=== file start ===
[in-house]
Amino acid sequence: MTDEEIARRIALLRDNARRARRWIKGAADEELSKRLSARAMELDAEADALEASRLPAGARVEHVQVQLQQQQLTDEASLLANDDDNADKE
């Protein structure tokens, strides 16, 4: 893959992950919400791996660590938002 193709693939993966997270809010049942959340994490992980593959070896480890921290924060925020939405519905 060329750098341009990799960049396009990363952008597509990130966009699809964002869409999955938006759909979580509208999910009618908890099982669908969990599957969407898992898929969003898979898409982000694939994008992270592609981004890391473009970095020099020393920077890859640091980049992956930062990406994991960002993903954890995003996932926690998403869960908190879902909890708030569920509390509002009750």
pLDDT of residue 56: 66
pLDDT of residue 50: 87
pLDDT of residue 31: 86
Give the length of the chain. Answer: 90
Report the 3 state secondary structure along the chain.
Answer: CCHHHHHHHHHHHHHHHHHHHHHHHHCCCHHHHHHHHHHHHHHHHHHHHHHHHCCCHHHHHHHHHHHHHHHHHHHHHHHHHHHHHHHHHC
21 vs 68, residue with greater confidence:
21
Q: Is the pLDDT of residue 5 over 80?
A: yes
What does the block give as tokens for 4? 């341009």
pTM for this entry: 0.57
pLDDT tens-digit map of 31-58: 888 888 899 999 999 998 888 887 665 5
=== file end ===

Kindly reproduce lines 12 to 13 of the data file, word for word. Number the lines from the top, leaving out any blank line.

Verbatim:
Q: Is the pLDDT of residue 5 over 80?
A: yes